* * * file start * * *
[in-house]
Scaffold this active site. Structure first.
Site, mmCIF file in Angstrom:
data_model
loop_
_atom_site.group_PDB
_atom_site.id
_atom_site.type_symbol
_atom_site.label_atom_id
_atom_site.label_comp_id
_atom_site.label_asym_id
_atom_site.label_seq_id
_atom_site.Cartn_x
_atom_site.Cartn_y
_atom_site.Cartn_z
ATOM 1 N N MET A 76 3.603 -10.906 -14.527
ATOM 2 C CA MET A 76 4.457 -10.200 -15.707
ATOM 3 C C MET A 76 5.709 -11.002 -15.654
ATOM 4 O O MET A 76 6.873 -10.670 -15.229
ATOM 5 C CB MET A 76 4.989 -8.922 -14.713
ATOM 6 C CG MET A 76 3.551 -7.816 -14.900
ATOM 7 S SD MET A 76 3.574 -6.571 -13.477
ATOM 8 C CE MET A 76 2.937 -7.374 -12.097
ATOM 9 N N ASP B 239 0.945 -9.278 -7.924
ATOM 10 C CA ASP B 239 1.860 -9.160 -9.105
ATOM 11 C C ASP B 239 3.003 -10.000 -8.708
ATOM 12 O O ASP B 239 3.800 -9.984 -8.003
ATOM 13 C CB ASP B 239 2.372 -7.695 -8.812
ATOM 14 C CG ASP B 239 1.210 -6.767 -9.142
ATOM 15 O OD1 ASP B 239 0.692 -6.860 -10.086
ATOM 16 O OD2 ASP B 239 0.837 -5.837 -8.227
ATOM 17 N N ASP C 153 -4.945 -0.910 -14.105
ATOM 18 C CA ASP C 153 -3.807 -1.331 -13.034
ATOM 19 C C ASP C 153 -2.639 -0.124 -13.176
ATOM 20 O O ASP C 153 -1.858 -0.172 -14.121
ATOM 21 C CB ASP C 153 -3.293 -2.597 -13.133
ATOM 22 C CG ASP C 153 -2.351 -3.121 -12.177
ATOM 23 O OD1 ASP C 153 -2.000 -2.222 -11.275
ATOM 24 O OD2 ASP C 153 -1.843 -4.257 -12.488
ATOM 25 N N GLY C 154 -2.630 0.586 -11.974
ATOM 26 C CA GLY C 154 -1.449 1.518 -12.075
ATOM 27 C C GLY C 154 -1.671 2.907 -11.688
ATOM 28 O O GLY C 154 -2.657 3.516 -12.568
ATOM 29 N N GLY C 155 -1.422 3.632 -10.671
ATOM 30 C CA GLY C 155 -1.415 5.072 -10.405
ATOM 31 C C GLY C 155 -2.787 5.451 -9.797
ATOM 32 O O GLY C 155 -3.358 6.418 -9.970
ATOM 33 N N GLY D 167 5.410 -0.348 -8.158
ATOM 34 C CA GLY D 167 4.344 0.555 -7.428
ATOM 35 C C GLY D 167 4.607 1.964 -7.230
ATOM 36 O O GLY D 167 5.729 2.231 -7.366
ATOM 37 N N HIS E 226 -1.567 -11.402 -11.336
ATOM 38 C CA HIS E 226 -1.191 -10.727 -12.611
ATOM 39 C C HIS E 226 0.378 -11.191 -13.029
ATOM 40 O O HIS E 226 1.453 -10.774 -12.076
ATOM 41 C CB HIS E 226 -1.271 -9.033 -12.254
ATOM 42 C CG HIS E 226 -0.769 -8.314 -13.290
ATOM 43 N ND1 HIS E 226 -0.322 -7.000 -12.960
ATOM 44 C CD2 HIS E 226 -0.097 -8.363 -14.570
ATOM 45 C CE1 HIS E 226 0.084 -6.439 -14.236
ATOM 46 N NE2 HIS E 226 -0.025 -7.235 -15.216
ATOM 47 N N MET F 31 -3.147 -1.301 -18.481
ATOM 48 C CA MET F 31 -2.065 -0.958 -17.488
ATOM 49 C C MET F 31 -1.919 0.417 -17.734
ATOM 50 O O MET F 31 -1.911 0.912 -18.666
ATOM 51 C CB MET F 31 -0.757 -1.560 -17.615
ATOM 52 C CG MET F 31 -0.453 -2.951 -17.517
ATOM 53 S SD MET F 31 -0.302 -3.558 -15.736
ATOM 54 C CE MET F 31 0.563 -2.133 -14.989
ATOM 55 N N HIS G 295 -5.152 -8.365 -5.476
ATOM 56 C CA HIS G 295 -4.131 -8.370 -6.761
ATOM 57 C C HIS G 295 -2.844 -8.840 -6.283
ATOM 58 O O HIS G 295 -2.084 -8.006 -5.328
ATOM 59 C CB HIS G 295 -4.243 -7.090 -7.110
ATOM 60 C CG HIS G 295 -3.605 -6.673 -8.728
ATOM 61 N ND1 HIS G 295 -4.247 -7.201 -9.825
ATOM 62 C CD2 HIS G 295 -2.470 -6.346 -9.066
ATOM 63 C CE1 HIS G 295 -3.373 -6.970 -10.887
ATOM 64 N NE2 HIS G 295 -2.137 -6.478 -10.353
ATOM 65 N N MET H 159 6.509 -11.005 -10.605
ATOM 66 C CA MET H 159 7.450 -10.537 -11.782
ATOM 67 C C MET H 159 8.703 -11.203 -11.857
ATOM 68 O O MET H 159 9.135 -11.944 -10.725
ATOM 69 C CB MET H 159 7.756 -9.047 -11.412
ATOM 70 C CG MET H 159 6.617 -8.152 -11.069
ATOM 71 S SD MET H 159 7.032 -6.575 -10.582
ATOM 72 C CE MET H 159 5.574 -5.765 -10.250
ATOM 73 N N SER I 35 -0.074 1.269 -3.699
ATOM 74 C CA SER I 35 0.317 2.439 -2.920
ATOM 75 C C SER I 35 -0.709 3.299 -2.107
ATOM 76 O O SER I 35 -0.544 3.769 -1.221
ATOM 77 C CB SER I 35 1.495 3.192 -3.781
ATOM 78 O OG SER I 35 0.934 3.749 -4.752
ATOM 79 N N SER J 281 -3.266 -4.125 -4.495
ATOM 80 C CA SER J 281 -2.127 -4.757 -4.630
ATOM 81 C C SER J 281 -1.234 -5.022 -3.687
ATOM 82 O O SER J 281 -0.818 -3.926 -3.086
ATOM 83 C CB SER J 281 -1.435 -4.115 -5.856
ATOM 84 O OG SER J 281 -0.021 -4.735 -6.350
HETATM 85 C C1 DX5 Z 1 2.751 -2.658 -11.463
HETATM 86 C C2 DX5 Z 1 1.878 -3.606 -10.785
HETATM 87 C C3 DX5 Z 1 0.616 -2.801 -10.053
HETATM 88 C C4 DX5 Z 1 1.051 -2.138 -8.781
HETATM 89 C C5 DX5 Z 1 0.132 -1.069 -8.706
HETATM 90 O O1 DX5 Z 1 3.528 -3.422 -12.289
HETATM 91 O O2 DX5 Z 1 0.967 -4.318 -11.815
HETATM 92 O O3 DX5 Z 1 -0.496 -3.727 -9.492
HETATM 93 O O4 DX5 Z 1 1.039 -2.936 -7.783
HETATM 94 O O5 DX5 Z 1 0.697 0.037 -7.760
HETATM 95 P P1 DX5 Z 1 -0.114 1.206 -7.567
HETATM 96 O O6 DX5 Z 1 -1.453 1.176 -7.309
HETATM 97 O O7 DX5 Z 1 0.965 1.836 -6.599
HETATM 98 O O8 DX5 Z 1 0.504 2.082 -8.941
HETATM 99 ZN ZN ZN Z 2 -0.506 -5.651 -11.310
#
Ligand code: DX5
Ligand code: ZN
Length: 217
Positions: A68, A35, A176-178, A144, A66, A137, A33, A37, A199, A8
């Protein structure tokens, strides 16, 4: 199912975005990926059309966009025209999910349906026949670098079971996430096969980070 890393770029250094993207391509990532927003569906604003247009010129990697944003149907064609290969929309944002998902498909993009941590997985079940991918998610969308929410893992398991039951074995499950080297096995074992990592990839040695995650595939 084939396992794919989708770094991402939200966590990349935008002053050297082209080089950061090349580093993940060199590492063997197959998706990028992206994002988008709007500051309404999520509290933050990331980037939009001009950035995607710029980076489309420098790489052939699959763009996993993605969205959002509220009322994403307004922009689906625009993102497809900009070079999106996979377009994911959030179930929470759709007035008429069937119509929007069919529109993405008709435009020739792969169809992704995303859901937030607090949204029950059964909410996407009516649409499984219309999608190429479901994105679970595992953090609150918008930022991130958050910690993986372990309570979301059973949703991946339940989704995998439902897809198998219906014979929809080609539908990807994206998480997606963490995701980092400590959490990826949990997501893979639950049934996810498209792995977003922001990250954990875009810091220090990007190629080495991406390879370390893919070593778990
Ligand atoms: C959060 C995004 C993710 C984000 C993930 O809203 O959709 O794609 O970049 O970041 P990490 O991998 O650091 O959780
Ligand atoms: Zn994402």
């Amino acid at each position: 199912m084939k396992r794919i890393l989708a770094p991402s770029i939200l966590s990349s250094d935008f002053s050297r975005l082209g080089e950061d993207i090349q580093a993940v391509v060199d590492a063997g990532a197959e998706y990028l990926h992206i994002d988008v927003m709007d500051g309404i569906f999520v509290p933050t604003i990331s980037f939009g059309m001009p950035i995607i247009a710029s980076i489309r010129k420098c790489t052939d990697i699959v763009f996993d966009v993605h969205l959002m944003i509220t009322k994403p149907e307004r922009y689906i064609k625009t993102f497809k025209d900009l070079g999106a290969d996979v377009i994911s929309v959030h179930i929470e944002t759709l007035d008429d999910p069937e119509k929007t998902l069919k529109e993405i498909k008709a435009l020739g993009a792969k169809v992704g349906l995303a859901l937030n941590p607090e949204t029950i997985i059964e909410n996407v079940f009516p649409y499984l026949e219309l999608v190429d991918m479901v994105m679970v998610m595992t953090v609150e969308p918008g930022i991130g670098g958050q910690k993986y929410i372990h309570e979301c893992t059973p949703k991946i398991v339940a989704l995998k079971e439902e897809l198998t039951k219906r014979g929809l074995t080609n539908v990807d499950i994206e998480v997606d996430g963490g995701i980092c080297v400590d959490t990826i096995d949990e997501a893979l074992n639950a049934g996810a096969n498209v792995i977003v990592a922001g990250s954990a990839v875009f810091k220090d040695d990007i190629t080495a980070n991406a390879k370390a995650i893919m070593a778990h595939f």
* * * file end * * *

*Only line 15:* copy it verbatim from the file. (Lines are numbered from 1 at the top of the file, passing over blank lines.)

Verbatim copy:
_atom_site.Cartn_z